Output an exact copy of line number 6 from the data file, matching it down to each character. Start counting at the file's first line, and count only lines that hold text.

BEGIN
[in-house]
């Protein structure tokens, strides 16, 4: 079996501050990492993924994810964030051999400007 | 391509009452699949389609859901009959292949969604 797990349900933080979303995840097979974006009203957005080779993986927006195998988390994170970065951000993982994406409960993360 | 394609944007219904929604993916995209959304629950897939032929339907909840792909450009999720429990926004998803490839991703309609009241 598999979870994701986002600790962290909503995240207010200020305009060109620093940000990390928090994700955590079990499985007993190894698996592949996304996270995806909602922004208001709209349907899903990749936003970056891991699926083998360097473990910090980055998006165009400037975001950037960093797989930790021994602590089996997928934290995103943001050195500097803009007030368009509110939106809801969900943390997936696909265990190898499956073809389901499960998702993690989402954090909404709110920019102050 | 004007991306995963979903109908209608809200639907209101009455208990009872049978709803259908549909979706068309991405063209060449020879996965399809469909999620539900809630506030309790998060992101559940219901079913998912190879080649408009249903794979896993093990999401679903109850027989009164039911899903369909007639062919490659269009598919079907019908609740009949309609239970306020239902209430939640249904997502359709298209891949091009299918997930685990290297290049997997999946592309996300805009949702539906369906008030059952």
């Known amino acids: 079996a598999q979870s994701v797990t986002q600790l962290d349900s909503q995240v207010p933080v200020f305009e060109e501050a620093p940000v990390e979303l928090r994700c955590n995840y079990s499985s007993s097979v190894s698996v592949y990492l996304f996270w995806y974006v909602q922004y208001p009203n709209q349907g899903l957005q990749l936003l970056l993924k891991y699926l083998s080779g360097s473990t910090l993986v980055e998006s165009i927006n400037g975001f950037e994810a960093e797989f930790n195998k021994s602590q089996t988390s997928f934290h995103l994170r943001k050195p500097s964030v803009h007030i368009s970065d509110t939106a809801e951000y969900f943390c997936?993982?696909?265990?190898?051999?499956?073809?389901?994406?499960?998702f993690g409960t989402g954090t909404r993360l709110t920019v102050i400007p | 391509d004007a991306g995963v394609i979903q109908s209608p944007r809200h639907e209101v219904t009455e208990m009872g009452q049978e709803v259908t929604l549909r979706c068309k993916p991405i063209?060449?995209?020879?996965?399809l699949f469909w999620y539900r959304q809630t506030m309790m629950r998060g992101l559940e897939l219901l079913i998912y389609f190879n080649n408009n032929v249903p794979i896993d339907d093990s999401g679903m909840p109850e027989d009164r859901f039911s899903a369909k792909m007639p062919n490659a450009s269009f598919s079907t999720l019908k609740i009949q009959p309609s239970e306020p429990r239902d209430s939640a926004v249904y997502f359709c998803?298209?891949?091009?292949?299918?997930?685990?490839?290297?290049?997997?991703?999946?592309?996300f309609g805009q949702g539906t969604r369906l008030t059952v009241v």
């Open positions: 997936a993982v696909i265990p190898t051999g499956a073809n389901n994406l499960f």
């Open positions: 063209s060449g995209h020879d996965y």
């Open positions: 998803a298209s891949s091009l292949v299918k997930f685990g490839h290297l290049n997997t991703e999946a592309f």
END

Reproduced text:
């Open positions: 998803a298209s891949s091009l292949v299918k997930f685990g490839h290297l290049n997997t991703e999946a592309f």